Category: "University / Academia"
Dean Saitta (University of Denver) is one of the four anthropologists in David Horowitz’s book The Professors: The 101 most dangerous academics in America. The reason? His involvement in a debate on the erosion of free public and academic speech in the US.
In his guest editorial in the August edition of Anthropology Today, he describes the consequences of Bush's "war on terror" for academics and calls for action: Anthropologists, he writes, "need to step up and engage in more and better conversations about the university’s status as a site of critical, creative and civically engaged inquiry":
The subsequent declaration of a ‘war on terror’ and the passage of the Patriot Act have threatened the civil liberties of many citizens, and brought new fears of government intrusion into our lecture halls and seminar rooms. (...)
As US troops settled into Afghanistan and Iraq the campaign against the academy intensified. Aided and abetted by a resurgent conservative student activism on campus, this campaign accuses the American professoriate of harbouring a pervasive and long-standing liberal bias – with ‘liberal’ variously understood as leftist, Marxist and anti-American.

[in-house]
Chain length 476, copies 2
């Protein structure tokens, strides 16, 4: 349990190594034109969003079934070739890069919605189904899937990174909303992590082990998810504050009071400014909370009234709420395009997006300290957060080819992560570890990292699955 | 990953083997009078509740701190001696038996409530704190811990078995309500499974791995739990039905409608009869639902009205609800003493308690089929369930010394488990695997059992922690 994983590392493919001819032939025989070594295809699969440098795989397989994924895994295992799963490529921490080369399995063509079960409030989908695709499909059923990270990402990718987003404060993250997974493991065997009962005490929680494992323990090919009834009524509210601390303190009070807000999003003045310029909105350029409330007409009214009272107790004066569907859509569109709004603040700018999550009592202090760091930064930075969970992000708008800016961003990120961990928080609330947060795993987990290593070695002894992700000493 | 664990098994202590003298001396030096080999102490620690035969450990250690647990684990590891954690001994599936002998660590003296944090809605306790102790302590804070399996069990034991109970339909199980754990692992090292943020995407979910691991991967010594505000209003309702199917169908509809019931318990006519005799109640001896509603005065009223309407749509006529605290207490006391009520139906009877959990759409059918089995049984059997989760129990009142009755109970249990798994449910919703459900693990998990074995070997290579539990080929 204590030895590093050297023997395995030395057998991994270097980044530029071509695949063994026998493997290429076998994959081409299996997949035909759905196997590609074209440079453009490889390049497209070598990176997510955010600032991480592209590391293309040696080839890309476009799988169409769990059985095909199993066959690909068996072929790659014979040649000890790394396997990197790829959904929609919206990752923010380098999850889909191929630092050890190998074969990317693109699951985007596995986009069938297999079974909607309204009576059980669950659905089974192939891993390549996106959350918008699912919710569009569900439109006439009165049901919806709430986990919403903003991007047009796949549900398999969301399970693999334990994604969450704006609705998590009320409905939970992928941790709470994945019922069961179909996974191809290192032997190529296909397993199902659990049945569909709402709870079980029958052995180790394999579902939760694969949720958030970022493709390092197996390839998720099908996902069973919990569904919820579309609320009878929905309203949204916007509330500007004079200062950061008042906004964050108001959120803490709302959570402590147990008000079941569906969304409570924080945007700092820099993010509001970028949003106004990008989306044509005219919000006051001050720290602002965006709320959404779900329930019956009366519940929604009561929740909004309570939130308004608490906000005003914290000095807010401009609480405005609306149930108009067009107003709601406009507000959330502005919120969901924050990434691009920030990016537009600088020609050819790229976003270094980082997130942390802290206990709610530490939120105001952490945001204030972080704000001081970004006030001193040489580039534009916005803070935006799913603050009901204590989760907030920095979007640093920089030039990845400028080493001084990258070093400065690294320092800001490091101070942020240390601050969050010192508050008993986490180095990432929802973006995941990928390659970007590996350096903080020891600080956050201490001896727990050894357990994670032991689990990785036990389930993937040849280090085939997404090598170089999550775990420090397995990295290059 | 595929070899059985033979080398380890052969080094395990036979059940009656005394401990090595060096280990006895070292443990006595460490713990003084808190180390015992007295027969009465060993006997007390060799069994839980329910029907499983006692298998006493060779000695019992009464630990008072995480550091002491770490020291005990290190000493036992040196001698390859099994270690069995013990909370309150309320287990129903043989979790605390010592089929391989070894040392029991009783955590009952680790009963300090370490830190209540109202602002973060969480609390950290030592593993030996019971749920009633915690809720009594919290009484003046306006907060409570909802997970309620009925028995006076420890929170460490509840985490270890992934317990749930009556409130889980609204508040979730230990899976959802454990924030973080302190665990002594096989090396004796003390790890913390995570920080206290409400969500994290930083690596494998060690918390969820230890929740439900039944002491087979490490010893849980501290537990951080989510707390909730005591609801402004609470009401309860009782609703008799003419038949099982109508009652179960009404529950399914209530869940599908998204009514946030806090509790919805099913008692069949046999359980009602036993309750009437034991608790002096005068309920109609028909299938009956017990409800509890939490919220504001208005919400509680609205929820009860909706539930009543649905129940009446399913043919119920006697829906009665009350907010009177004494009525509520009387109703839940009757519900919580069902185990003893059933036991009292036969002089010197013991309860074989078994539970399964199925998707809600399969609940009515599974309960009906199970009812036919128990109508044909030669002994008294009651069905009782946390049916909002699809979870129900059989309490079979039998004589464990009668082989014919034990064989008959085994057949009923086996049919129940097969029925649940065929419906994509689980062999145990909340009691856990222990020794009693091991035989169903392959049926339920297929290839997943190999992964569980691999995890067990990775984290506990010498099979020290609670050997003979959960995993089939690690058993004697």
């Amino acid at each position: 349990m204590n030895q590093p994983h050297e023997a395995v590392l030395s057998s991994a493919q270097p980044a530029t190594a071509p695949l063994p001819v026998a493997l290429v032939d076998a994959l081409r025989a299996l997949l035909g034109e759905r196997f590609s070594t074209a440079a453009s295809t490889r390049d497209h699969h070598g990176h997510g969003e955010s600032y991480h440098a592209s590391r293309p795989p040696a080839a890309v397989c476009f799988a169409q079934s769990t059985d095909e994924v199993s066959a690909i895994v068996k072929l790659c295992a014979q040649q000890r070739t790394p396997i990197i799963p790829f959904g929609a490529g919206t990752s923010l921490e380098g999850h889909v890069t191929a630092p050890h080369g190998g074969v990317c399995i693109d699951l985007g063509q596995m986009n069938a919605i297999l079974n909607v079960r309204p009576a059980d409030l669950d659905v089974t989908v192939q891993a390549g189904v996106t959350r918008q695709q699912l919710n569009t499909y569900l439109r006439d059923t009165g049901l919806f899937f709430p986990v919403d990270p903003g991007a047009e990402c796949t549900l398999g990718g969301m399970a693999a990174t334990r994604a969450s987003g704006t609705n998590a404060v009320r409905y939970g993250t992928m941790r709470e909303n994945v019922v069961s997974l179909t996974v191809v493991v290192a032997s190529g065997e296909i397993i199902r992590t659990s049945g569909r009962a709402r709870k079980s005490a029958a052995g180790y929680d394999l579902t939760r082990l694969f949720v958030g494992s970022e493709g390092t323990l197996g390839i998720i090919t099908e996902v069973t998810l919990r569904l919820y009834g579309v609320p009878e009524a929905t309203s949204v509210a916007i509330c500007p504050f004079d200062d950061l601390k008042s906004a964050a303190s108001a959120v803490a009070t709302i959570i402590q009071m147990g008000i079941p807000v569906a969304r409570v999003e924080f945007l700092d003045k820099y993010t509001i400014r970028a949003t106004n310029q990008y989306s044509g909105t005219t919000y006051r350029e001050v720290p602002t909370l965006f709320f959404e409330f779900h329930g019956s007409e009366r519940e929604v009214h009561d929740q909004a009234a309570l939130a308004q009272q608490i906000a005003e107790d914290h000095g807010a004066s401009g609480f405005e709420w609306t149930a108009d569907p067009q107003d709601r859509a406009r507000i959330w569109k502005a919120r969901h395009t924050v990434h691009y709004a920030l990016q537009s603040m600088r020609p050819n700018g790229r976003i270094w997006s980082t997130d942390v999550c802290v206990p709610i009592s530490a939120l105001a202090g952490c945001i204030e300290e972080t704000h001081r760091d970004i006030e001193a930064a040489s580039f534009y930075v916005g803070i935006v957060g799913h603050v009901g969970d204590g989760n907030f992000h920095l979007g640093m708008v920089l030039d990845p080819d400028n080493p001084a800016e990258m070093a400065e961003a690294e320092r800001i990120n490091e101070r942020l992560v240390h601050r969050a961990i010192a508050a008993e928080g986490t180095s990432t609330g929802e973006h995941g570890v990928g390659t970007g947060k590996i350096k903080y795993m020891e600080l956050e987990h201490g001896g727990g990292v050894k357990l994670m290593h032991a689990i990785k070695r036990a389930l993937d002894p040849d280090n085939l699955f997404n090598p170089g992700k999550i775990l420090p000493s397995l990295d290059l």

The campaign’s single most militant crusader, Saitta writes, is David Horowitz. He is a source of advice on political strategy for the Bush administration. Since 2003, Horowitz’ organization Students for Academic Freedom (SAF) has mobilized conservative students and politicians in 20 states to propose an ‘Academic Bill of Rights’ (ABOR) for state-supported institutions. This bill is according to Saitta "clearly aimed at critics of President Bush and the war in Iraq".
In his book The professors:The 101 most dangerous academics in America (published in february 2006), Horowitz reveals the pervasive ‘intellectual corruption’ of the American university by providing an alphabetized list of "some of the worst violators of professional obligations and standards".
Many more anthropologists could have been included, Saitta stresses:
Horowitz has indicated in several of his writings and interviews that anthropology is one of the more intellectually corrupt disciplines within the social sciences (...), fraught with political correctness and partisanship.